US lawmakers clash over impeachment charges against Trump
WASHINGTON (AFP) - A deep partisan rift was on full display Thursday as US lawmakers slogged towards a fateful vote to advance the impeachment of Donald Trump for his alleged misconduct involving his dealings with Ukraine.
Republicans on the House Judiciary Committee bitterly denounced the process, framing it as an illegitimate attack on the president and his supporters, while Democrats rejected their opponents efforts to quash the articles of impeachment.
In a sign the pending committee vote to advance the articles of impeachment to the House floor was a foregone conclusion, House Democrats reportedly have already planned a vote for next Wednesday to impeach Trump.
Should the Democratic-majority chamber vote against Trump next week as predicted, he will become only the third US president to be impeached and placed on trial in the Senate.
Trump stands accused of abusing his powers by leveraging a White House meeting and critical military aid to pressure Kiev to open an investigation into his political rival Joe Biden.
He is also accused of leaning on Kiev to probe a debunked theory that Ukraine interfered in the 2016 presidential election to help Democrats.
The panel was also examining a second charge -- obstruction of Congress -- for Trump s defiance of subpoenas and other efforts to compel administration officials, including White House aides, to testify or turn over documents related to the Ukraine saga.
The two-day debate began Wednesday, with the rancorous clashes tumbling into Thursday s session as lawmakers conducted the procedural nitty gritty of possibly amending the impeachment articles.
A fiery House Judiciary Committee chairman Jerry Nadler chided Republicans who complained that Democrats were obsessing over taking down the president and seeking to "subvert" the ability of Congress to keep the executive branch in check.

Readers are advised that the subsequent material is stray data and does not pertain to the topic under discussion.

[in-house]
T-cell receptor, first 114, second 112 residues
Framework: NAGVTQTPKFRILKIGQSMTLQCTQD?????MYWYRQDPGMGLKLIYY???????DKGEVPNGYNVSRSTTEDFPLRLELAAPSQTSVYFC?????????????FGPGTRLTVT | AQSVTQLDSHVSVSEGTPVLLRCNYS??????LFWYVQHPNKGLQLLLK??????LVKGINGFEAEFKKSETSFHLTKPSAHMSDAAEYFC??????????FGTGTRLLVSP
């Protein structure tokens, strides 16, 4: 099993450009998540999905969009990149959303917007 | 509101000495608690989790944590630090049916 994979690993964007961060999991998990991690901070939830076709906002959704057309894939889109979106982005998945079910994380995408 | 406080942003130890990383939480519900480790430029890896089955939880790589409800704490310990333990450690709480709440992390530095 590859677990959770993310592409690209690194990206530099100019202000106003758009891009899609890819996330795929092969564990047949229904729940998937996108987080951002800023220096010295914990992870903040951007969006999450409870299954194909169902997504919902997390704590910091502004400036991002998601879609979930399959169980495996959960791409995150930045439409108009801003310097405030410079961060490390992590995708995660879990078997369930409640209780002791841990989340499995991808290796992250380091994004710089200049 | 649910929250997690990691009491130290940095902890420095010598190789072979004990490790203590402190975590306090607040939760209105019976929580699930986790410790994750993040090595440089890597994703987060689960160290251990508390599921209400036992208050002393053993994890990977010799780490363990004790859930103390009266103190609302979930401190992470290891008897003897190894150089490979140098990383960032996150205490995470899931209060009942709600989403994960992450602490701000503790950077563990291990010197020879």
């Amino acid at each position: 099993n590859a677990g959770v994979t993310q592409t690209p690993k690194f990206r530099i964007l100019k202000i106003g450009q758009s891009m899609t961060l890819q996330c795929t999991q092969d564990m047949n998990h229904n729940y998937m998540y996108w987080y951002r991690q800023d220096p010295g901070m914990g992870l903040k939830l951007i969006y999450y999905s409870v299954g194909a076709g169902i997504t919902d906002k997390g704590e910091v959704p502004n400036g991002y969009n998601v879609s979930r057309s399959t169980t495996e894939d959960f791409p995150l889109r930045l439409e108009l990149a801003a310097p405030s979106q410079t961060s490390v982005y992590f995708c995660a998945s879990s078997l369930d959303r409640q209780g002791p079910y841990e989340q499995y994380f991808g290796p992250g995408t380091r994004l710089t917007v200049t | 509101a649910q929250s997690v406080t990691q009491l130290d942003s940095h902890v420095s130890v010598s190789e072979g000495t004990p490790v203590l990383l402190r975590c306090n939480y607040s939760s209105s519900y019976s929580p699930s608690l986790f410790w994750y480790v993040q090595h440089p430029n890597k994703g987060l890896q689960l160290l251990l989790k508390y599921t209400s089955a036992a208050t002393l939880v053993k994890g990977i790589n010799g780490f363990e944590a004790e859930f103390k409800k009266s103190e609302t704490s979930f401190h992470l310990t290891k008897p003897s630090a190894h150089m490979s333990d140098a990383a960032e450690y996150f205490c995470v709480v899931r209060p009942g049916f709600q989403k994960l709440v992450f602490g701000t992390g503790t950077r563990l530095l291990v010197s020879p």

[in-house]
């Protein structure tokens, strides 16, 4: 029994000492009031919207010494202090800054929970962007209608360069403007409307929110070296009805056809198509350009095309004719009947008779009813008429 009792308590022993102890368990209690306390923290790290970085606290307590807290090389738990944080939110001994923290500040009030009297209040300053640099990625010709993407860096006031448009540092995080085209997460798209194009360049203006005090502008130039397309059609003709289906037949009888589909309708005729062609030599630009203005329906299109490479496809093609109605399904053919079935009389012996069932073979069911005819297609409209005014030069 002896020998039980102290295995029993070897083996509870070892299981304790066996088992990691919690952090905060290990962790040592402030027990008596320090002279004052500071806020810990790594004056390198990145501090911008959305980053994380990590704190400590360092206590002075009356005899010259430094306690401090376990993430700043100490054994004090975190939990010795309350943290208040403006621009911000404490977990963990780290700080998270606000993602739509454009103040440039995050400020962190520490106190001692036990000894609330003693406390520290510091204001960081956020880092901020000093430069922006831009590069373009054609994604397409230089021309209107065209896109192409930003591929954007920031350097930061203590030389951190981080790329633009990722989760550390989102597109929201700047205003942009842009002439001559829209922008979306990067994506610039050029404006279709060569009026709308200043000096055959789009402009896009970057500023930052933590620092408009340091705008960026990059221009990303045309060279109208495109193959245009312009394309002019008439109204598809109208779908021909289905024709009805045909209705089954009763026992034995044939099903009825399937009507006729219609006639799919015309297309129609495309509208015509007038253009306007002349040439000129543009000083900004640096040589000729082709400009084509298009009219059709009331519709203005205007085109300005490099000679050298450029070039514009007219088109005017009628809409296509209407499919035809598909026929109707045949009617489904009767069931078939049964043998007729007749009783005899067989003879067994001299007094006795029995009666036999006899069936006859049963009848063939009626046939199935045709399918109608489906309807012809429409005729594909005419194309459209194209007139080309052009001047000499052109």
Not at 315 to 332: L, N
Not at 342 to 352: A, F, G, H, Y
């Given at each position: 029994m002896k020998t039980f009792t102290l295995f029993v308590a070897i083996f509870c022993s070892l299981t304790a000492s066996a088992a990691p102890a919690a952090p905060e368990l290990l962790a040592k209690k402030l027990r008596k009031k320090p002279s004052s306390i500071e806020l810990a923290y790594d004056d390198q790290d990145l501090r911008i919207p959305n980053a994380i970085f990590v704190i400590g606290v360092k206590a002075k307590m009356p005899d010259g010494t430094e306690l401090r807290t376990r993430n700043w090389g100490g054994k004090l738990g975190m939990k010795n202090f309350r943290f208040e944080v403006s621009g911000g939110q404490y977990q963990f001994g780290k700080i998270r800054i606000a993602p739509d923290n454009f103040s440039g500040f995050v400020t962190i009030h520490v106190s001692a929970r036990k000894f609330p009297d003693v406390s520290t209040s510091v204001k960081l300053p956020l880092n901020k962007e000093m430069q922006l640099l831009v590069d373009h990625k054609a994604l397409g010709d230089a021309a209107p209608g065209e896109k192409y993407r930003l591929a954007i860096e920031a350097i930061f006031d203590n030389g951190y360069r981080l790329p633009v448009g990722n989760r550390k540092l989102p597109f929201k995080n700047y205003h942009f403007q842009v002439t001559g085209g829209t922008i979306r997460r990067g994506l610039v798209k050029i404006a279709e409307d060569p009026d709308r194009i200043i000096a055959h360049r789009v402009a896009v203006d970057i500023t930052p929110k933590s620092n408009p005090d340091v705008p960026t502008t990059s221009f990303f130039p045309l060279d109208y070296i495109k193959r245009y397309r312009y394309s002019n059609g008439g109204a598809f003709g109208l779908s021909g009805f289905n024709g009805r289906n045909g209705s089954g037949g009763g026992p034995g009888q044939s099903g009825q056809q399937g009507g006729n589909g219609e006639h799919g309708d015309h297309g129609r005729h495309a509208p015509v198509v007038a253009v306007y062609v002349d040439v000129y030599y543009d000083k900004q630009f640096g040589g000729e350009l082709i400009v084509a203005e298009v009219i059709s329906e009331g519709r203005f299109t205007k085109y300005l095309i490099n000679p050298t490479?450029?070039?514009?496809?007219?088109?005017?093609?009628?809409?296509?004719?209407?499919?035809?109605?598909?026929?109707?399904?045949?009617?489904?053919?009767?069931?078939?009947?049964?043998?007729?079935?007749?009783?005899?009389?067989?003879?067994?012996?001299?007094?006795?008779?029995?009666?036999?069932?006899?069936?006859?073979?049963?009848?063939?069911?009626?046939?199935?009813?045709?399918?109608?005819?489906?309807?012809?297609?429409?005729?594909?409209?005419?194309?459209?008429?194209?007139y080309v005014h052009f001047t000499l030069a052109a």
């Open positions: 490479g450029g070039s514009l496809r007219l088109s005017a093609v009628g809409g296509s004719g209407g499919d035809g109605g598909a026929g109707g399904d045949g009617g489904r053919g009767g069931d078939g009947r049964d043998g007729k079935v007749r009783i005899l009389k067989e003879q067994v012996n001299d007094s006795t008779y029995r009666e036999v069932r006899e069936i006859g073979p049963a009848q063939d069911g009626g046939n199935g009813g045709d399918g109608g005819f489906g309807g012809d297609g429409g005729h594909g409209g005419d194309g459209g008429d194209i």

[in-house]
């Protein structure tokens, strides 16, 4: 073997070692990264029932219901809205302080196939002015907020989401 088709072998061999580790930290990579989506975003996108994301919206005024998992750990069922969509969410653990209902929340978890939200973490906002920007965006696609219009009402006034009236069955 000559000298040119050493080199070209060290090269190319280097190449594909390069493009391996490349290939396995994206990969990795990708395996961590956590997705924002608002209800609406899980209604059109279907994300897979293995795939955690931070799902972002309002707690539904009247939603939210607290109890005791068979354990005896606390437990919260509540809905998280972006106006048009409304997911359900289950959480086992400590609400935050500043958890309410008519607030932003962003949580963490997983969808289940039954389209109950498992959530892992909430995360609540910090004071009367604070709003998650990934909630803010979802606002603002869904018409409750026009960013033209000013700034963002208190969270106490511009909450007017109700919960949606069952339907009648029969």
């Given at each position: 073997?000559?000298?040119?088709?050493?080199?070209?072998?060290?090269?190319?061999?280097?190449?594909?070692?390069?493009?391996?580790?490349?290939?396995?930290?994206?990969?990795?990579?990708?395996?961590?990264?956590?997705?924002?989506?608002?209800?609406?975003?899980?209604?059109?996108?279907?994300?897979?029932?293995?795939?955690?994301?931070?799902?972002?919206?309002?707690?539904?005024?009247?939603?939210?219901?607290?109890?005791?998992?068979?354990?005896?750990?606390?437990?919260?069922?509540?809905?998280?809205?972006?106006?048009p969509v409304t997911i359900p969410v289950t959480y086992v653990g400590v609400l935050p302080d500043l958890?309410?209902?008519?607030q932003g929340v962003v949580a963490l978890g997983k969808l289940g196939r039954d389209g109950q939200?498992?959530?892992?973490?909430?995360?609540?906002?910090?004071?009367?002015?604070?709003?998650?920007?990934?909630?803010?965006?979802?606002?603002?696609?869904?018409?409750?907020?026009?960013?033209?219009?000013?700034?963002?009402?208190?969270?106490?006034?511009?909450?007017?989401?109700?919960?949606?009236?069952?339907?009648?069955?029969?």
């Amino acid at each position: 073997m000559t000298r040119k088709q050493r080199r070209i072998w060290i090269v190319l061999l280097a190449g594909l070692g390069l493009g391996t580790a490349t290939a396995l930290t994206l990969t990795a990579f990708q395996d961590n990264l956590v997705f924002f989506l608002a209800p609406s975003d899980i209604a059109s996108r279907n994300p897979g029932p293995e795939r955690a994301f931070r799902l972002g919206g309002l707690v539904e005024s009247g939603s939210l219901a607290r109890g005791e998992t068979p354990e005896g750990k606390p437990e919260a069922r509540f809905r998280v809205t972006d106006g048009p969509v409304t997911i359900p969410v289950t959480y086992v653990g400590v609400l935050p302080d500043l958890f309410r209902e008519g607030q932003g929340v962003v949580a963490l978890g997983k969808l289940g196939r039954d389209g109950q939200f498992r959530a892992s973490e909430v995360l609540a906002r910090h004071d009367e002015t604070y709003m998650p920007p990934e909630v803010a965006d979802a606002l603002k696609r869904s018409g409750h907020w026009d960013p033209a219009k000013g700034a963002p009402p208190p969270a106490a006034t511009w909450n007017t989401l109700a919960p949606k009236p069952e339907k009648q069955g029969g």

"Do we want a dictator, no matter how popular he may be, no matter how good or bad the results of his policies may be?" Nadler said.
"No president is supposed to be a dictator in the United States."
Republicans repeatedly asserted that Trump has committed no crime, and they quickly moved to dismiss the first charge -- abuse of power -- in the nine-page resolution.
"Article one ignores the truth," Republican Jim Jordan declared. "Those are not the facts."
But the panel rejected the amendment with a vote along strict party lines, 17-23.
In the session s ninth hour, Republicans also proposed scrapping the obstruction of Congress charge.
And they notably sought to turn the focus of the proceedings to Hunter Biden, the son of former vice president Joe Biden who is a frontrunner to challenge Trump for the White House in 2020.
Republicans tried unsuccessfully to insert the name of Biden s son, who served on a Ukrainian energy company s board while his father was vice president, into the articles of impeachment.
For months Trump has insisted, without evidence, that the Bidens are "corrupt" and should be investigated.
Democrats argued that Republicans were invoking Hunter as a way to smear Joe Biden during the 2020 presidential race.
Trump himself has lashed out repeatedly at Democrats in recent days.
On Thursday, he retweeted dozens of his supporters, including his personal attorney Rudy Giuliani, who stands accused of orchestrating a pressure campaign against Ukraine outside of regular diplomatic channels.
Republicans in committee lined up in defense of Trump, one by one declaring Democrats were overstepping their bounds to ram through an impeachment of a leader they have sought to oust from day one.
"The Pandora s Box they ve opened today will do irreparable injury to our country in the years ahead," said congressman Mike Johnson.
Matt Gaetz, who has emerged as a fierce attack dog on the panel, said impeachment was an assault not only on Trump but the millions who support him.
"It s not just an attack on the presidency, it s an attack on us," Gaetz said.
But as Republicans insisted Trump has done no wrong, House Democrat reiterated that Trump himself has admitted his misconduct.
"The president is the smoking gun," congresswoman Pramila Jayapal said, recalling how Trump directly told reporters on the White House lawn that he wanted Ukraine President Volodymyr Zelensky to open an investigation into the Bidens.
House Speaker Nancy Pelosi, who announced the impeachment inquiry in September, dismissed concerns that a handful of moderate Democrats could defect and oppose impeachment.
"People will vote the way they vote," Pelosi said.
Most indications are that the Republican majority in the Senate, where Trump will likely stand trial in January, will ultimately protect him from conviction and removal.
But impeachment would mar his record as president and could affect his re-election chances in November 2020.
Trump has signaled to aides that he wants a full-throated defense in the Senate, with witnesses testifying live.
But Republican leaders, mindful of political fallout, indicated they would rather not see the process turn into a drawn-out spectacle.